First Nation natives had chosen this rock on Berry Island in Blackfish Sound, British Columbia as the location for a pictograph warning people to stay off of the island. The dark line marks how high the tide climbs.
The third day of our kayak trip was a ‘layover day.’ It was a layover in the sense that we would be spending two nights at our camp on Compton Island, not that we would be sleeping in and relaxing. There was kayaking to do. Berry Island and a pictograph was our morning destination. We found the pictograph on a tall rock cliff that hung over the water.
Our layover was not designed to be a kick-back day. Here we are carrying our kayak down to the water. The number of people required to move it suggests how heavy it was. (Photo by Peggy Mekemson.)
Extreme high and low tides in Johnstone Strait meant we often had to carry the kayaks a fair distance to water. (Photo by Peggy Mekemson.)
Stretching across the rock face, ancient First Nation natives had painted a monster to warn people away from Berry Island, where they buried their dead. It was an early no-trespassing sign— probably implying that the monster would eat you if you landed. I had seen its modern equivalent in west Texas, except there, the sign had declared that trespassers would be shot. Such admonitions make one hesitate; at least they do me. When my choice is to be eaten by a monster or shot by a Texan, I choose neither.
Mary and Rod, two of our kayakers from Idaho, paddle up close to get a look at the pictograph(s). One is barely visible above the right paddles. Look closely and you will see two round eyes. Another is above the left paddles— red, round and also barely visible. (Photo by Peggy Mekemson.)
Rod seemed quite happy with what he saw, however. Or maybe he was happy the monster chose not to eat him.
Our guide, Nick, told us another story; this one had been passed on by the kayaking community. A lone, female kayaker had stopped to camp on Berry Island and had set up her tent for the night. Shortly afterwards, a boulder went flying by her head. She neither saw nor heard anyone, but another boulder came whizzing past. It was time to vacate the premises. She grabbed her kayak and paddled away as more boulders landed nearby. When nothing else had been hurled at her for two hours, she paddled back in, grabbed her tent (rather quickly, I suspect) and hightailed it. Back in town, the locals told her that Berry Island was also known as Sasquatch Island. Had Bigfoot been lobbing rocks at her? The Sasquatch/Bigfoot Research Organization claims this is a common practice of the big, hairy fellow. See here.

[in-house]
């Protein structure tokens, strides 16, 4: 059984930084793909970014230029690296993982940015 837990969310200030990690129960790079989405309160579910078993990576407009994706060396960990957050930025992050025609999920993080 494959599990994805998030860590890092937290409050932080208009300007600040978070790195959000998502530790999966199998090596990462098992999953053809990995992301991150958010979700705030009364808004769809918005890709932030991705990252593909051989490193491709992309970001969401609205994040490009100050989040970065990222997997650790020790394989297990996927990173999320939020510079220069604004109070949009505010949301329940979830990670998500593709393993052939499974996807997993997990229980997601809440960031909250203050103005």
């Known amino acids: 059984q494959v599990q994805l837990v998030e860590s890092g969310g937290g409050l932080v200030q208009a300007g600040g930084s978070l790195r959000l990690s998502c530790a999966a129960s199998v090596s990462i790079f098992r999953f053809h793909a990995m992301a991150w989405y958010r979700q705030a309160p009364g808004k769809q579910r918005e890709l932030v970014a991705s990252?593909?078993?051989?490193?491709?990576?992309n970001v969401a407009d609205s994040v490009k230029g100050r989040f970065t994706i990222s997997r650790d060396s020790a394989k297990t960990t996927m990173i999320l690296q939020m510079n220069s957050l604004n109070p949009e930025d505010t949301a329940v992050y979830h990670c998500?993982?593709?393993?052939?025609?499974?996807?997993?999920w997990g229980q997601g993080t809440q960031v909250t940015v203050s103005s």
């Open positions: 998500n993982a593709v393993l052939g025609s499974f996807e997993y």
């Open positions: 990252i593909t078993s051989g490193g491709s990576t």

Heading back for camp and lunch, our guide, Julia, found a starfish that made Bigfoot seem normal in comparison. Julia handled it with aplomb, sort of. As for lunch, we ate the delicious salmon that I blogged about in my last post.
This amorphous mass is actually a starfish. Here it rests on our guide Julia’s kayak skirt.
Julia picked the starfish up to show us. I think there was a slight ‘ewww’ factor. There certainly would have been for me. (Photo by Peggy Mekemson.)
The fresh salmon delivered to us the night before by a fisherman, ended up as a delicious lunch. We weren’t the only ones interested in the salmon, however…
Each bite was carefully monitored. This bald eagle had already eaten the salmon’s guts, and he was eager for more fish. Sushi would be fine.
In the afternoon, we went searching for whales again. Along the way, Quy taught us how to blow kelp like a trumpet, and we saw a mysterious yacht that looked like it was straight out of a sci-fi flick.
Floating kelp provided something of a challenge for kayaking through, but it also provided an opportunity.
Quy taught us how to cut the kelp so it could be blown like a trumpet. (Photo by Peggy Mekemson.)
Here Lindy takes a turn. Peggy had also tried her luck. My advice to the two of them: they should keep their day jobs.
Nick looked on in amazement at the performances.
The whales kept their distance, but a curious seal stopped by to check us out. (Photo by Peggy Mekemson.)
This futuristic yacht didn’t look nearly as friendly as the seal. At first we thought it belonged to the military. (Photo by Peggy Mekemson.)
I liked the contrast here between water, clouds, and islands. (Photo by Peggy Mekemson.)
Back in camp, Mary celebrated her birthday…
Peggy and I shared a quiet moment…
And evening settled in. Next Blog: Peggy and I get caught in a powerful current.